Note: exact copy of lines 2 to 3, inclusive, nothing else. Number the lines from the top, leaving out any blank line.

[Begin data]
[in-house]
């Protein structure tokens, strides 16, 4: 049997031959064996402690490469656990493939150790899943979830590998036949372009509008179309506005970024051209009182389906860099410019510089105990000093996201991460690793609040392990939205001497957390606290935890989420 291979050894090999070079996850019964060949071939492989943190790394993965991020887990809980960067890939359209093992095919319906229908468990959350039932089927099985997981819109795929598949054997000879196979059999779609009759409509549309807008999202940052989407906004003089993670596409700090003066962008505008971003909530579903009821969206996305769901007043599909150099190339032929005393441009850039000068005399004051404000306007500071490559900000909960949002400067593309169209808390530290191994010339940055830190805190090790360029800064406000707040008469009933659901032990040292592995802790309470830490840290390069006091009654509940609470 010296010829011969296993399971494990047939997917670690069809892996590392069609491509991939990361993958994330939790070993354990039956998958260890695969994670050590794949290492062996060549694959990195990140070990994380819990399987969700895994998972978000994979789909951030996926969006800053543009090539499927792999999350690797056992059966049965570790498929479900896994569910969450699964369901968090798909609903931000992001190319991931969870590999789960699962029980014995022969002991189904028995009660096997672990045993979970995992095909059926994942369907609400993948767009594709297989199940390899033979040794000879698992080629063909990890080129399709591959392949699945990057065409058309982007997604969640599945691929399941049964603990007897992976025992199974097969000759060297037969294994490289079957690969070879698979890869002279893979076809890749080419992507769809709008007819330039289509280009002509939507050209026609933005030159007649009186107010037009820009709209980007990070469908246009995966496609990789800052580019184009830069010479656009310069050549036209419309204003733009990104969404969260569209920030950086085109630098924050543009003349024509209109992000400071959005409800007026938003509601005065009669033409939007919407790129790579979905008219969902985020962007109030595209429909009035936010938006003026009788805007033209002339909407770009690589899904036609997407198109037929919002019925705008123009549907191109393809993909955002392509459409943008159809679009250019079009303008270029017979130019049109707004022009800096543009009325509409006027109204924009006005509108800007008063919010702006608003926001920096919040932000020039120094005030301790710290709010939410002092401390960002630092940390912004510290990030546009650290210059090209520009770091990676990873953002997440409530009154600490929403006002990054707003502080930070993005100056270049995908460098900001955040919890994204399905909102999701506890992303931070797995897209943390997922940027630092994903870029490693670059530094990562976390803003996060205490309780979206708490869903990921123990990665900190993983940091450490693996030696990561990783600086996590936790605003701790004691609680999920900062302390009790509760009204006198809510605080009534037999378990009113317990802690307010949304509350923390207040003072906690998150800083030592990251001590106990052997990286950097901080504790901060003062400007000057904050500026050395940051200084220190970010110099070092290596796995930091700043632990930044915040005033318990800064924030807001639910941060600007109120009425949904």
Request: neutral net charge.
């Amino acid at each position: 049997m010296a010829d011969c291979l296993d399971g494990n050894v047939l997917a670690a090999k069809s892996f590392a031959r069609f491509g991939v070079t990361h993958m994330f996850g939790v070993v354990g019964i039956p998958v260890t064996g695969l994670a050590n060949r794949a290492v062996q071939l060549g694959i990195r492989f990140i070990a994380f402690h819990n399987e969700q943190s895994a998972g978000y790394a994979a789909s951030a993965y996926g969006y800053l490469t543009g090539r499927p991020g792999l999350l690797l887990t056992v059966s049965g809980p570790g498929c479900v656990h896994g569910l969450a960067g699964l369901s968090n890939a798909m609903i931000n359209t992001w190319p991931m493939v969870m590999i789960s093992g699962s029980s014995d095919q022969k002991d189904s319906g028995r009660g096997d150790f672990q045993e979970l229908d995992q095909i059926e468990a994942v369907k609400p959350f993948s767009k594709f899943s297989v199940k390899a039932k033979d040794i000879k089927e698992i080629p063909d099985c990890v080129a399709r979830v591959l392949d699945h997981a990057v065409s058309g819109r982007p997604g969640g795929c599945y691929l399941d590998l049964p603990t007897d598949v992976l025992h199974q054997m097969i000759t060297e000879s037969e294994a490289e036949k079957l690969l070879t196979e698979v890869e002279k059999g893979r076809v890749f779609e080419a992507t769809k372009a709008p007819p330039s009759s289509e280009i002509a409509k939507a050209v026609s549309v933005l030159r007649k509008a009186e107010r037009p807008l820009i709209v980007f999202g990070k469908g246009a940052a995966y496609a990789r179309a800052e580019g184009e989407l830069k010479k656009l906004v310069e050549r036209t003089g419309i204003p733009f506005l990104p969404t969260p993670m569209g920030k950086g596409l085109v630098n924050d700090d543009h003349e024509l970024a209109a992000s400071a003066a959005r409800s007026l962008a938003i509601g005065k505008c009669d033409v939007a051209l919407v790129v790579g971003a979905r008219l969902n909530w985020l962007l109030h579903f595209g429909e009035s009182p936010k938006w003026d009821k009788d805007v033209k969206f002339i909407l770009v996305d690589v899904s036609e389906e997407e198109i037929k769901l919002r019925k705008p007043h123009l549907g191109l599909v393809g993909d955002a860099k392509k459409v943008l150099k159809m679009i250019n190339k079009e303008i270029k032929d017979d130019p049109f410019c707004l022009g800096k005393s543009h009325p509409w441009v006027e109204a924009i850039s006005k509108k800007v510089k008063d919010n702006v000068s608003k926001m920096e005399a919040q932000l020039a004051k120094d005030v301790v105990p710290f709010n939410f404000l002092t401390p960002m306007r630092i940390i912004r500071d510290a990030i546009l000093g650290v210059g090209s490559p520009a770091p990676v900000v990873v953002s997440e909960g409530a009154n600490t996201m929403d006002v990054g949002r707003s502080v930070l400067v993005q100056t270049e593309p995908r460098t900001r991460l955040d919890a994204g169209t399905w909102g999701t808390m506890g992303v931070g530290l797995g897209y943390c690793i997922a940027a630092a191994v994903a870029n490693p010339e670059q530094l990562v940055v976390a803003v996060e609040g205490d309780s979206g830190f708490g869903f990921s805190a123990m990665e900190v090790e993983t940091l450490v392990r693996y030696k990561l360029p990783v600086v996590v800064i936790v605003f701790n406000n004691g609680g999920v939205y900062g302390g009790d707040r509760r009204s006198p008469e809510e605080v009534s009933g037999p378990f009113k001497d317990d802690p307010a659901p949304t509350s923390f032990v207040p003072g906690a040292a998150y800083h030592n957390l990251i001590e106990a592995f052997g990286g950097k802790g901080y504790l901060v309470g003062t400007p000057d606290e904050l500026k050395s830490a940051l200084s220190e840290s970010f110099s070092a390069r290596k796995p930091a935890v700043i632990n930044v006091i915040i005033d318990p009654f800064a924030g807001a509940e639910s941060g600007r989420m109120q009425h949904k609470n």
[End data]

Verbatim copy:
């Protein structure tokens, strides 16, 4: 049997031959064996402690490469656990493939150790899943979830590998036949372009509008179309506005970024051209009182389906860099410019510089105990000093996201991460690793609040392990939205001497957390606290935890989420 291979050894090999070079996850019964060949071939492989943190790394993965991020887990809980960067890939359209093992095919319906229908468990959350039932089927099985997981819109795929598949054997000879196979059999779609009759409509549309807008999202940052989407906004003089993670596409700090003066962008505008971003909530579903009821969206996305769901007043599909150099190339032929005393441009850039000068005399004051404000306007500071490559900000909960949002400067593309169209808390530290191994010339940055830190805190090790360029800064406000707040008469009933659901032990040292592995802790309470830490840290390069006091009654509940609470 010296010829011969296993399971494990047939997917670690069809892996590392069609491509991939990361993958994330939790070993354990039956998958260890695969994670050590794949290492062996060549694959990195990140070990994380819990399987969700895994998972978000994979789909951030996926969006800053543009090539499927792999999350690797056992059966049965570790498929479900896994569910969450699964369901968090798909609903931000992001190319991931969870590999789960699962029980014995022969002991189904028995009660096997672990045993979970995992095909059926994942369907609400993948767009594709297989199940390899033979040794000879698992080629063909990890080129399709591959392949699945990057065409058309982007997604969640599945691929399941049964603990007897992976025992199974097969000759060297037969294994490289079957690969070879698979890869002279893979076809890749080419992507769809709008007819330039289509280009002509939507050209026609933005030159007649009186107010037009820009709209980007990070469908246009995966496609990789800052580019184009830069010479656009310069050549036209419309204003733009990104969404969260569209920030950086085109630098924050543009003349024509209109992000400071959005409800007026938003509601005065009669033409939007919407790129790579979905008219969902985020962007109030595209429909009035936010938006003026009788805007033209002339909407770009690589899904036609997407198109037929919002019925705008123009549907191109393809993909955002392509459409943008159809679009250019079009303008270029017979130019049109707004022009800096543009009325509409006027109204924009006005509108800007008063919010702006608003926001920096919040932000020039120094005030301790710290709010939410002092401390960002630092940390912004510290990030546009650290210059090209520009770091990676990873953002997440409530009154600490929403006002990054707003502080930070993005100056270049995908460098900001955040919890994204399905909102999701506890992303931070797995897209943390997922940027630092994903870029490693670059530094990562976390803003996060205490309780979206708490869903990921123990990665900190993983940091450490693996030696990561990783600086996590936790605003701790004691609680999920900062302390009790509760009204006198809510605080009534037999378990009113317990802690307010949304509350923390207040003072906690998150800083030592990251001590106990052997990286950097901080504790901060003062400007000057904050500026050395940051200084220190970010110099070092290596796995930091700043632990930044915040005033318990800064924030807001639910941060600007109120009425949904």
Request: neutral net charge.